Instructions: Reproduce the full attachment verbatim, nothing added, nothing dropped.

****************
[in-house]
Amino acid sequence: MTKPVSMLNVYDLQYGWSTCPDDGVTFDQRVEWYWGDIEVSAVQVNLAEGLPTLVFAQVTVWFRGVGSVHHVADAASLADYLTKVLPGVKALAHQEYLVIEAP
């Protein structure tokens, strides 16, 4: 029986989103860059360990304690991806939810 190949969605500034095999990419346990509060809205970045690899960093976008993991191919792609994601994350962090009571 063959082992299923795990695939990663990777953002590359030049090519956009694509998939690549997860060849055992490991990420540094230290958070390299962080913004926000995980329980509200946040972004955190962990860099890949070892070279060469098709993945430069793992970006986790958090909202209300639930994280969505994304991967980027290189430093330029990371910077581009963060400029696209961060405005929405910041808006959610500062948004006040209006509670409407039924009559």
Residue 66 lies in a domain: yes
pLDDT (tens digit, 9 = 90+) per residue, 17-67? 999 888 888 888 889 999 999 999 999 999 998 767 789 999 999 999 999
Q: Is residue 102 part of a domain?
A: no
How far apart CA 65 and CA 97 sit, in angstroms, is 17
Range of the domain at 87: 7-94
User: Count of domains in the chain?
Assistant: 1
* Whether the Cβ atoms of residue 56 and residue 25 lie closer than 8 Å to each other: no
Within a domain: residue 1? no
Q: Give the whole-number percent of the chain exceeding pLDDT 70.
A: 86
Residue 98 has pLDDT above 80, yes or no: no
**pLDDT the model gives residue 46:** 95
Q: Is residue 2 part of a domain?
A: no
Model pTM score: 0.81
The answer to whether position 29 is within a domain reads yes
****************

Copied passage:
[in-house]
Amino acid sequence: MTKPVSMLNVYDLQYGWSTCPDDGVTFDQRVEWYWGDIEVSAVQVNLAEGLPTLVFAQVTVWFRGVGSVHHVADAASLADYLTKVLPGVKALAHQEYLVIEAP
């Protein structure tokens, strides 16, 4: 029986989103860059360990304690991806939810 190949969605500034095999990419346990509060809205970045690899960093976008993991191919792609994601994350962090009571 063959082992299923795990695939990663990777953002590359030049090519956009694509998939690549997860060849055992490991990420540094230290958070390299962080913004926000995980329980509200946040972004955190962990860099890949070892070279060469098709993945430069793992970006986790958090909202209300639930994280969505994304991967980027290189430093330029990371910077581009963060400029696209961060405005929405910041808006959610500062948004006040209006509670409407039924009559």
Residue 66 lies in a domain: yes
pLDDT (tens digit, 9 = 90+) per residue, 17-67? 999 888 888 888 889 999 999 999 999 999 998 767 789 999 999 999 999
Q: Is residue 102 part of a domain?
A: no
How far apart CA 65 and CA 97 sit, in angstroms, is 17
Range of the domain at 87: 7-94
User: Count of domains in the chain?
Assistant: 1
* Whether the Cβ atoms of residue 56 and residue 25 lie closer than 8 Å to each other: no
Within a domain: residue 1? no
Q: Give the whole-number percent of the chain exceeding pLDDT 70.
A: 86
Residue 98 has pLDDT above 80, yes or no: no
**pLDDT the model gives residue 46:** 95
Q: Is residue 2 part of a domain?
A: no
Model pTM score: 0.81
The answer to whether position 29 is within a domain reads yes